Why Toggle Switches Aren’t Always the Best Choice

Toggle is a type of control that can be either ON or OFF. This type of switch is often used to change a system setting or preference (i.e. turning Airplane Mode ON or OFF). This is the preferred method to adjust settings on mobile devices because it takes up less screen estate than two radio buttons.

We’ve seen toggle switches in action a lot of places, from the Caps Lock and Num Lock keys on keyboards to the checkboxes that allow you to save a post on Twitter. They are an easy and familiar way to alter options in software and hardware, but that doesn’t mean they’re always the best choice for all users. In fact, it’s sometimes better to use a drop-down menu rather than a toggle switch, especially when there are many different options.

The reason why is that it’s difficult to tell whether a toggle switch is in the ON position or the OFF position by purely visual cues. The most common design choice is to have the active option portrayed by a darker color and the inactive option portrayed by a lighter color, but our research found that this is not always effective at communicating the toggle’s state to users. Instead, it’s usually better to use a combination of other visual cues and to make sure that the text in the toggle clearly describes what will happen if the switch is turned ON.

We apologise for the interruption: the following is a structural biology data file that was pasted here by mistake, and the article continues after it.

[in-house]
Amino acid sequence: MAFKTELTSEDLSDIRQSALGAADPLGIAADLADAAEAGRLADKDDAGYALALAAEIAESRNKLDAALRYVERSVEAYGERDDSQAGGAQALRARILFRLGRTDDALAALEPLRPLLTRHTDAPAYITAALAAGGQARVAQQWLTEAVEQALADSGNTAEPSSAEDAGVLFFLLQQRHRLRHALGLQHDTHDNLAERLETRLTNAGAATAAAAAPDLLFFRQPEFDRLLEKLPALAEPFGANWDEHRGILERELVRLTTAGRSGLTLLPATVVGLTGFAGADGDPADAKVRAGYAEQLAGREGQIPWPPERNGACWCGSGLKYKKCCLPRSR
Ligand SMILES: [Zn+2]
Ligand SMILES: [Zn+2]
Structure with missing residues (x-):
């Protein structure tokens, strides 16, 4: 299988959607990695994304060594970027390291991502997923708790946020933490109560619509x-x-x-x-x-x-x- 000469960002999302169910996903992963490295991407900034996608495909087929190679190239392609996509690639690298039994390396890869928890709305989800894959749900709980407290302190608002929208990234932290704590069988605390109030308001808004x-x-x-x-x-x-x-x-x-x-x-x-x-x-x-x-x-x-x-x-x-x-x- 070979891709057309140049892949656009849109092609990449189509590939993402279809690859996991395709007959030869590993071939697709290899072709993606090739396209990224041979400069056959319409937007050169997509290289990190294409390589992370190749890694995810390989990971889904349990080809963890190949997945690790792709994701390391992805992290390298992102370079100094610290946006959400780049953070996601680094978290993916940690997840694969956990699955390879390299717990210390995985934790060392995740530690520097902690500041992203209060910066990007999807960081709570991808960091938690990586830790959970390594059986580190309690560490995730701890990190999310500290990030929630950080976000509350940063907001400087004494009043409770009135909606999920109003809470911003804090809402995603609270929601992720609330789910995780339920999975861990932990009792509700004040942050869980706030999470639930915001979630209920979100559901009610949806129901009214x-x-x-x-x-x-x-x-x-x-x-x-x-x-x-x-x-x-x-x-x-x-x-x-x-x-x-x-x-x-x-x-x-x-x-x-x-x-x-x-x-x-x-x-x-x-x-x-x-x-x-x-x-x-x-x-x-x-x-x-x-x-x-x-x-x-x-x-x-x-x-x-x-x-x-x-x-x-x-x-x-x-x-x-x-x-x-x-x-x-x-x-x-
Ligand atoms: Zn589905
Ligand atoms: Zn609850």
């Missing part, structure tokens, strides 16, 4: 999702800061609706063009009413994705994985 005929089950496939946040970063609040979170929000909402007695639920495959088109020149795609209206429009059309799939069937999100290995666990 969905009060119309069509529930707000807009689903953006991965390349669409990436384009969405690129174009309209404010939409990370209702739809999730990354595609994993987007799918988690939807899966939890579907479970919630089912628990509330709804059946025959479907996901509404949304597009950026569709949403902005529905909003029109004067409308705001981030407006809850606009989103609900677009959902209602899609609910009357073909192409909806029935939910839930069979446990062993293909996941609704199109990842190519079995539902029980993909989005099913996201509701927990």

Another problem with using toggles is that they can lead to confusion over time. The most obvious example is the inversion of a toggle switch, where half of the switch has a filled background while the other half doesn’t. This confuses users because they can’t immediately tell if the toggle is in the ON or OFF position. Luckily, this is relatively easy to fix: we can avoid the inversion by making the switch label clear enough and using other cues to communicate the toggle’s state.

The final problem with using toggles is that they don’t work well on forms where a user needs to click a Save or Confirm button for changes to take effect. This can be solved by replacing the toggle with a checkbox if we’re certain that the user will need to confirm their choices. In any other case, we should try to avoid the toggle altogether and replace it with a simple button that will have an immediate effect. This will also help to ensure that the form’s state is correctly conveyed to users, even if the toggle isn’t being actively selected.